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More arrests in Ugandan bombings

With US aid, Museveni government cracks down on terror group.

In his response Ali Dhere further taunted, "If (peacekeepers) are harming our people, they should know that their people will not rest in total comfort."

U.S. President Barack Obama countered the statements from Al Shabaab. U.S. attorney general Eric Holder came to Uganda to speak at the African Union summit here in Kampala.

"President Obama recognizes the growing importance of the African Union, he understands that a stronger Africa means a stronger America," said Holder.

Holder directly addressed the Ugandan terror attacks and seemed to connect them with Sept. 11 and the August 1998 U.S. embassy bombings in Kenya and Tanzania.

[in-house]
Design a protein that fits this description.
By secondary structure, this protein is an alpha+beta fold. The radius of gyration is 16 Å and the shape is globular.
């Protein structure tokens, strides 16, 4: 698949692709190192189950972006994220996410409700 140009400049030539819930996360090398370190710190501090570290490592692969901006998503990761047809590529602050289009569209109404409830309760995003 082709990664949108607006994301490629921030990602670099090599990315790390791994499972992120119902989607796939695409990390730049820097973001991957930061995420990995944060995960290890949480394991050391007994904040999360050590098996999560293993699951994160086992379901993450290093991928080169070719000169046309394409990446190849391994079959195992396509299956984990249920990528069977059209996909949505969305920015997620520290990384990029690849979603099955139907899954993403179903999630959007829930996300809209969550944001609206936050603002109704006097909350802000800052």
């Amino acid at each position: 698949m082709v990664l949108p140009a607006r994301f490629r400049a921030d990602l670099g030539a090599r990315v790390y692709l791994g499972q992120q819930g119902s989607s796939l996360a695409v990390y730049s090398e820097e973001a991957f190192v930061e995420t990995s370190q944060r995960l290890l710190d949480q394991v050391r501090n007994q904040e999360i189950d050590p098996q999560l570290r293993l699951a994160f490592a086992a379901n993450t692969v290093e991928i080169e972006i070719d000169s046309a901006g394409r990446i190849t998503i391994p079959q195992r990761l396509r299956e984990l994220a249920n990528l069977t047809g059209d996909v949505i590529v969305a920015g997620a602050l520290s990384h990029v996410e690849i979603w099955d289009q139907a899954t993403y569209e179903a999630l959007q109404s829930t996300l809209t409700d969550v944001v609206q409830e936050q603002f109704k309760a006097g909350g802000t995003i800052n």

"I am proud to stand with the people of Uganda ... but I am deeply sorry that we are now bound, not only by friendship and partnership, but also by a shared loss, a shared threat and a shared grief."

He spoke about the American student, Nate Henn, who was killed in the attacks.

"Known as 'Oteka' — the strong one — he had traveled from the United States to help Uganda’s most vulnerable children ... Tragically, Nate's own future has been lost to the ages."

Holder also eulogized Ugandan Stephen Tinka, Irishwoman Marie Smith and a Sri Lankan, Ramaraja Krishna, who were killed while watching the World Cup final.

The attorney general proclaimed, "I am proud to be counted among the African Diaspora, this continent is my ancestral home, I am of this place.

“Your work is of special and emotional importance to me, and not only because I am proud to serve alongside my nation's first African-American president or proud to be its first African-American attorney general,” said Holder. “I also join with you, and with my fellow citizens, in celebrating Africa's success because I recognize that the fate of my own country is intertwined with each of yours."